The Australian Government has announced the 2022 grant outcomes under the Australian Research Council (ARC) Future Fellowships scheme. The 100 new Future Fellows for 2022 will share $94m in funding to conduct 4-year “research projects of national significance.”
But concerns have been raised about the process because, despite climate change being one of the Government’s Science and Research Priorities, only one of the 100 ARC Future Fellowships awarded was in environmental science.
Ms Judi Zielke PSM, Chief Executive Officer (CEO) of the Australian Research Council (ARC), has welcomed the decision by the Hon Jason Clare MP, Minister for Education, to provide $94 million in funding for the new Future Fellows for 2022.
“The ARC Future Fellowships scheme attracts and helps retain the best and brightest mid-career researchers, as they undertake research in areas of national importance,” says Ms Zielke.
“These new Future Fellowships are awarded to outstanding mid-career researchers, who will receive funding support for the next four years to undertake innovative research in many exciting areas, with many potential benefits for Australians.”
ARC Future Fellowships grants are competitive. There were 627 applications for funding this year but only 16 per cent were ultimately successful.
Stephen Matchett in the online independent newsletter Campus Morning Mail said: “Women were a third of applicants, with a success rate of 15.3 per cent. Some 16.4 per cent of the much larger (415) pool of men received fellowships.”
Among the successful applicants were:
- A Macquarie University project that involves identifying the genetic basis of microbial plastic degradation from the gut of caterpillars.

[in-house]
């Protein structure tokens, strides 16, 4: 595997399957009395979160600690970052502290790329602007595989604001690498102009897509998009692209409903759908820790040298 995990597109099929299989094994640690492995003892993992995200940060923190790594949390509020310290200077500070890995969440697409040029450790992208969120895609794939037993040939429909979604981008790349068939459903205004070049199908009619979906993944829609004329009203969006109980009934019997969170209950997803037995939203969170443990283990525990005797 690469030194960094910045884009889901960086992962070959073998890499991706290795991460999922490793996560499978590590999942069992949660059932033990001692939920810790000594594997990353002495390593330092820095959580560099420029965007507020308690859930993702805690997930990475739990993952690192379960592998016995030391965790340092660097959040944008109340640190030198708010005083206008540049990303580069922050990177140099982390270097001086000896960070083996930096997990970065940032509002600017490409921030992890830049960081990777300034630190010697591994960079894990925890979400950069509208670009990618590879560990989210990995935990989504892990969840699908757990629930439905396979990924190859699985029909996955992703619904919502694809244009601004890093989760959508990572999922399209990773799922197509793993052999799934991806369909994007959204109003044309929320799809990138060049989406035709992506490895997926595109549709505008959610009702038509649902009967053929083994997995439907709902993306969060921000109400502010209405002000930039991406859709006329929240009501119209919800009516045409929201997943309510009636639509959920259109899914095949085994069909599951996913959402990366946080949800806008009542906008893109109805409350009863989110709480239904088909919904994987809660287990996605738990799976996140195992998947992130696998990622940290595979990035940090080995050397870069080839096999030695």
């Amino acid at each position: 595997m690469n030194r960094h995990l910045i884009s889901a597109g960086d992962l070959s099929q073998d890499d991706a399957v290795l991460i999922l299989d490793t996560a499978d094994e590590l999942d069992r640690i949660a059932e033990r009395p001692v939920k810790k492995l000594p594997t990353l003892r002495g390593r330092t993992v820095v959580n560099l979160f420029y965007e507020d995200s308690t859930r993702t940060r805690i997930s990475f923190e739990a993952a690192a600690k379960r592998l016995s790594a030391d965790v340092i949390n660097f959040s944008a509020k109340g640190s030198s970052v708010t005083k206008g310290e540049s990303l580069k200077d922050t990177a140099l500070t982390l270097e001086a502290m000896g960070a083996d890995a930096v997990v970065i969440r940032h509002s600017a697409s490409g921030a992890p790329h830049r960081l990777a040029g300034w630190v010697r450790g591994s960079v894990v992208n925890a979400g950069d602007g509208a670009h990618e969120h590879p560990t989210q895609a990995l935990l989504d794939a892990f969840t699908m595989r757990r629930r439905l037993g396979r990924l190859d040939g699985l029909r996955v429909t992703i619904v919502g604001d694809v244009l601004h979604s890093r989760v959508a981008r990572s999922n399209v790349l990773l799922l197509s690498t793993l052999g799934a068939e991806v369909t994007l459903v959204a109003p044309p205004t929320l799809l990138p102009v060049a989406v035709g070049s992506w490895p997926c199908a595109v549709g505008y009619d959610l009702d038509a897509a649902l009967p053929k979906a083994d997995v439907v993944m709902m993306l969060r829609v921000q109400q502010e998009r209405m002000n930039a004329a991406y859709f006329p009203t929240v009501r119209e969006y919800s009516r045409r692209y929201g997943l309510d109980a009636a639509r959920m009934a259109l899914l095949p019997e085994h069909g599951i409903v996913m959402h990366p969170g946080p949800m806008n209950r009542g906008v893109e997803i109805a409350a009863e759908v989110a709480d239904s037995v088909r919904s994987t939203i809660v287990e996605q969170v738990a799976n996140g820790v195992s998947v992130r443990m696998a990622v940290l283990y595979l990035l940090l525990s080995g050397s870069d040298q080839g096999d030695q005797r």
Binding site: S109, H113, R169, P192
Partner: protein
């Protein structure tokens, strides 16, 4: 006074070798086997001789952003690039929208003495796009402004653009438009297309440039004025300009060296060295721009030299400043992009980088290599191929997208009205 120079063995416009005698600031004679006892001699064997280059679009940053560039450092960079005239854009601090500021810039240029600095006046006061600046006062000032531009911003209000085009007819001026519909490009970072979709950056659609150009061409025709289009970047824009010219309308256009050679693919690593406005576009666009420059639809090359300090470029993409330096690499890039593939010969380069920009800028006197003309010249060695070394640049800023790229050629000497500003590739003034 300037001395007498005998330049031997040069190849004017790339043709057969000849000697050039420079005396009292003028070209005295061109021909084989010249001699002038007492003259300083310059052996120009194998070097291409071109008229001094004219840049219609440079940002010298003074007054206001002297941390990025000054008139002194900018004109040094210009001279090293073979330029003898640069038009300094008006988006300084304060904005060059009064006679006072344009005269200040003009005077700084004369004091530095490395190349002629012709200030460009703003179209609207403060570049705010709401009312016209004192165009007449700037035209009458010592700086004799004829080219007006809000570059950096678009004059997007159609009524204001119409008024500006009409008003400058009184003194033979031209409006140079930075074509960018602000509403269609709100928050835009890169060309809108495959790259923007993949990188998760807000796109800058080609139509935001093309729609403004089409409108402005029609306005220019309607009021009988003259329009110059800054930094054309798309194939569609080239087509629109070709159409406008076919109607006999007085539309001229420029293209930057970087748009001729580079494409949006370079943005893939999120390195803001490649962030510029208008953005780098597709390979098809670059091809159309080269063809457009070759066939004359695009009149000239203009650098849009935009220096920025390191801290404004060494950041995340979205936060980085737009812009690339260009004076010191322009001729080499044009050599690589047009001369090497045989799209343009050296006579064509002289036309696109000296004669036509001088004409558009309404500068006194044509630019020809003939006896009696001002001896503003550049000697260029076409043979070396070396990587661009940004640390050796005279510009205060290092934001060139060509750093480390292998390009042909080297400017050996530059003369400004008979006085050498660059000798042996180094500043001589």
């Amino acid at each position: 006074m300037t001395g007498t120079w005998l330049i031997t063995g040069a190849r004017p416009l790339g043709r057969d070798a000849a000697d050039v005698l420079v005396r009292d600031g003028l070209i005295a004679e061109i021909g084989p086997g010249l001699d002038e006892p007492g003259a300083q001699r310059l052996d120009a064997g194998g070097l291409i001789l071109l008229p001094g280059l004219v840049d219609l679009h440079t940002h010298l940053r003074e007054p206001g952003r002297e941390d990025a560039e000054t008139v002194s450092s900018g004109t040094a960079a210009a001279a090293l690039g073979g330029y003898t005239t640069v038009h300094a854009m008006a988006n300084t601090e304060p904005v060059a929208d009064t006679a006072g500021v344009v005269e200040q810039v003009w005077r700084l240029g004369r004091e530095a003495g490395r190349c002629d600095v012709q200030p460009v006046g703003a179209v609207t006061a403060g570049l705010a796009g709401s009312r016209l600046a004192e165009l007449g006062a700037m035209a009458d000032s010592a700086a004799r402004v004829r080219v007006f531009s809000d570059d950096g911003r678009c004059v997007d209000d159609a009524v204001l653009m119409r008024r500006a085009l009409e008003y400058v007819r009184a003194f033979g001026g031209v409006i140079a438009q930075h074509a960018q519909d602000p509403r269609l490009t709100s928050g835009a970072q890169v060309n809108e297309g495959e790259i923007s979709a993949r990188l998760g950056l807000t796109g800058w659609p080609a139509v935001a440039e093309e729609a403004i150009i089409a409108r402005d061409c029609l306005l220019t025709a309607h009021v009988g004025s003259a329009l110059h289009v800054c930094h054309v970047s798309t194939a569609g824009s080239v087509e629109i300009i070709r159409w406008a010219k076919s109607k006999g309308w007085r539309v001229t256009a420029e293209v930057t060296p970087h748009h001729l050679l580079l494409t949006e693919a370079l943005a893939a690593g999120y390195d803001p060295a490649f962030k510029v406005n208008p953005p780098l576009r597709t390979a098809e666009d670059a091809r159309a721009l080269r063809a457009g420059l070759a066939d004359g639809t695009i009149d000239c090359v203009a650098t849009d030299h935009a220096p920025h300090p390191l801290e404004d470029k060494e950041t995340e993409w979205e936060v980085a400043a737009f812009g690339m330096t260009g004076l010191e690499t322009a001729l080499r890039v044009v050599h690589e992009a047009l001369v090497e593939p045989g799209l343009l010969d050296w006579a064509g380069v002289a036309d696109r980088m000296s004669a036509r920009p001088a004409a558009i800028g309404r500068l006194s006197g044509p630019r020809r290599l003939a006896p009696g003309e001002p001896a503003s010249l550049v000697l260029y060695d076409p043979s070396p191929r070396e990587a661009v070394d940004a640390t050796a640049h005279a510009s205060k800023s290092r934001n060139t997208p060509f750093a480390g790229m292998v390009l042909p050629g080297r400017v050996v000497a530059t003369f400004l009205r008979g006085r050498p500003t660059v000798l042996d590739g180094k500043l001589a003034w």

- An Australian National University project investigating aspects of quantum entanglement, where changing one quantum particle changes another, even far apart.
- A University of Adelaide project using state-of-the-art modelling to improve the assessment of the economic and social impacts of droughts in rural communities.
- A Curtin University project investigating aspects of hybrid breeding in important crops like wheat and barley.
A single environmental science grant went to Dr Vanessa Adams from the University of Tasmania, whose project aims to tackle the global problem of land degradation.
Professor Michael McCarthy, from the School of Ecosystem and Forest Sciences at the University of Melbourne, says out of 510 Future Fellowships awarded in the last five years, only 12 have been in the field of environmental science.
“Environmental science is one of Australia’s leading disciplines. It is the field with the most universities performing ’well above world standard’ according to the 2018 Excellence in Research for Australia,” McCarthy said on his blog.
McCarthy plotted the number of ARC Future Fellowships awarded in different disciplines between 2018 and 2022, and says: “environmental sciences stood out clearly as an outlier.”
Here I plot the data.— Michael McCarthy (@mickresearch) September 13, 2022